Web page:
2019 Symposium Posters

Posters > 2019

Towards trustworthy NLP systems: detecting bias in popular models


Primary Investigator:
Julia (Taylor) Rayz

Project Members
John Phan, Kanishka Misra, Julia Rayz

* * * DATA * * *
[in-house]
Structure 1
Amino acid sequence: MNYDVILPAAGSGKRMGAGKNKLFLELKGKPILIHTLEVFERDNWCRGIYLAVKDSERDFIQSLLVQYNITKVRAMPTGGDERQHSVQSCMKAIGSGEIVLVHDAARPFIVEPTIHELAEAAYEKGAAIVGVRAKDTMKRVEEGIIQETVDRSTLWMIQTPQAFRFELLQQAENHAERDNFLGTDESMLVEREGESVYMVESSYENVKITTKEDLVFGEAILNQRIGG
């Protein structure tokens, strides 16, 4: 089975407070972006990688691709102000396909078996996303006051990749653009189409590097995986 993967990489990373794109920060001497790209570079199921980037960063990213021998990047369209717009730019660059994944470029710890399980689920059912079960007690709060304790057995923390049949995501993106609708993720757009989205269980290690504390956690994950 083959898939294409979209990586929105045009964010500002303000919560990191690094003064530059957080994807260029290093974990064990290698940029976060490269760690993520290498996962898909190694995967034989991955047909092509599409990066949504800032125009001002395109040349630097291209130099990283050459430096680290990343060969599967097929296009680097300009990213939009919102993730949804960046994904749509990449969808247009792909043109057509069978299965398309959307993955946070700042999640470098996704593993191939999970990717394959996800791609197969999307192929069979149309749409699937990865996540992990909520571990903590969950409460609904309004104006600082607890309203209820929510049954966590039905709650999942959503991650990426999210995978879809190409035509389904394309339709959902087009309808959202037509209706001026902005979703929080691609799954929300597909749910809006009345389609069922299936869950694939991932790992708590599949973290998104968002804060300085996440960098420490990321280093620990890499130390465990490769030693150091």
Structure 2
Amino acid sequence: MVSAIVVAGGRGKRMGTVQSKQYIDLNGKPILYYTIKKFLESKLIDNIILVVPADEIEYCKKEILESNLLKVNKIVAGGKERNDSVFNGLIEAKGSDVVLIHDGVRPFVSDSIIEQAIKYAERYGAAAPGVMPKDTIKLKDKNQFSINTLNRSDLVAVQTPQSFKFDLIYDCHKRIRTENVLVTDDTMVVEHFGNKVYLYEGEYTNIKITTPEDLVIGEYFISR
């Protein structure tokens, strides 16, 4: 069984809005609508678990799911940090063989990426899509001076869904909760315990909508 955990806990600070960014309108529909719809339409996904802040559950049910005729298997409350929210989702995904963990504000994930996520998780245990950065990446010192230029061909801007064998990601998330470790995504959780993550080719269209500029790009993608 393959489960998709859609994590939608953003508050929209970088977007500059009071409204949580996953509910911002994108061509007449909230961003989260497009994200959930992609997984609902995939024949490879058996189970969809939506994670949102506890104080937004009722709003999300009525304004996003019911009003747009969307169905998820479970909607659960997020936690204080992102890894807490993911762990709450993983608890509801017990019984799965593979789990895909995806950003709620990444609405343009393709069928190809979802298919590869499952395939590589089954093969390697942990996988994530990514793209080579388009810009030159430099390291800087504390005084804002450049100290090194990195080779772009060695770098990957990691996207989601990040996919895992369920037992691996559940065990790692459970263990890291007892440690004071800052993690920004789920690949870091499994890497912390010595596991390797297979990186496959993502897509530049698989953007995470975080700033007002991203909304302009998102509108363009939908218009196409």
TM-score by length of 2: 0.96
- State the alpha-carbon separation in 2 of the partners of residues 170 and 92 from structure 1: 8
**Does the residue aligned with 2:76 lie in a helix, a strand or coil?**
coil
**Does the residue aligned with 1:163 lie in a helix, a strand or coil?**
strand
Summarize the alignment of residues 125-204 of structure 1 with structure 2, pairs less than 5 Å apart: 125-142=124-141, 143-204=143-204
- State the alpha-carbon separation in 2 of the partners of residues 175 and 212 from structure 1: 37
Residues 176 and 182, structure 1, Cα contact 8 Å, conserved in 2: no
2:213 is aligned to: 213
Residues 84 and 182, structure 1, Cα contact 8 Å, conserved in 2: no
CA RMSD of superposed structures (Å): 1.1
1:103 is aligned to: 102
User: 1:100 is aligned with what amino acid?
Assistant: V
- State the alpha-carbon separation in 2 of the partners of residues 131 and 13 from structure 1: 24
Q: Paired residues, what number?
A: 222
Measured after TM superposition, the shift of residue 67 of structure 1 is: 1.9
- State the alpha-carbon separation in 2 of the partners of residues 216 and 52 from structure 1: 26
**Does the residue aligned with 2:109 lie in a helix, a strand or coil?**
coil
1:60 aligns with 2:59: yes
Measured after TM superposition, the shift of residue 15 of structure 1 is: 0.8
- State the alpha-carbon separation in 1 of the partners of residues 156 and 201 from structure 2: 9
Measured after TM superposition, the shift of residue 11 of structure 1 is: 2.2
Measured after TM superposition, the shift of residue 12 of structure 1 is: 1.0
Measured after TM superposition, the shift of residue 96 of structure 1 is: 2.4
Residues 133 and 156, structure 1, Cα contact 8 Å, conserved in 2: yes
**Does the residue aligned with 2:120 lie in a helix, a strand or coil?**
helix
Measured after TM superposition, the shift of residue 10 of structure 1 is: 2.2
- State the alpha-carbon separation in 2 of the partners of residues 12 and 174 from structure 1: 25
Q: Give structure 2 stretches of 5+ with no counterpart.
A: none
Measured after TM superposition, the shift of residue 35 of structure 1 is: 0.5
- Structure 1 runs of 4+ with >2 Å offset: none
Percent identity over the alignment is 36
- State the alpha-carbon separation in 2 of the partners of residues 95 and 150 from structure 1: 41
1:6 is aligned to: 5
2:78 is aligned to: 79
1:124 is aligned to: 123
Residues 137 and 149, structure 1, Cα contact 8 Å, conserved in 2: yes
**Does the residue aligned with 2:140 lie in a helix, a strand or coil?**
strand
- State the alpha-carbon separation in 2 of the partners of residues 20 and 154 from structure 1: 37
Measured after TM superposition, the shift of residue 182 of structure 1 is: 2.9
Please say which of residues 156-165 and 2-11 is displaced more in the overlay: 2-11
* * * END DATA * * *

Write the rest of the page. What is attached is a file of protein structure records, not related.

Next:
Recent media coverage of AI applications has shown a growing concern and distrust in the creation of artificial intelligent machines. This work takes a closer look at biases that may be present in word embedding technology, a set of popular techniques used to capture the meaning of words based on distributional hypothesis idea (Harris 1954, Firth 1957). Trustworthy information from NLP systems is crucial to the applications that utilize word embedding technology. In this project, we aim to study the gender bias implicitly present within three forms of popular pretrained word embeddings -- word2vec (Mikolov et al 2013), GloVE (Pennington et al 2014), and FastText (Bojanowski et al 2017). Previous attempts at identifying and eliminating bias have shown to be ineffective (Gonen & Goldberg 2019). The question to be answered is how much bias is there? We use a support vector machine classifier (SVM) trained on 300 dimensional vectors of strictly gendered nouns (e.g., man, woman, girl, boy), with each dimension being a feature within the classification algorithm. SVM is used to determine the two most salient features from the vector space for each set of pretrained word embeddings. The algorithm is then tasked to classify potential gender of neutral words -- e.g., homemaker, boss, programmer. Results of our methods are consistent with previous work in identifying gender bias within word embeddings using other means (i.e., Bolukbasi et al 2016), and shows bias in word representation.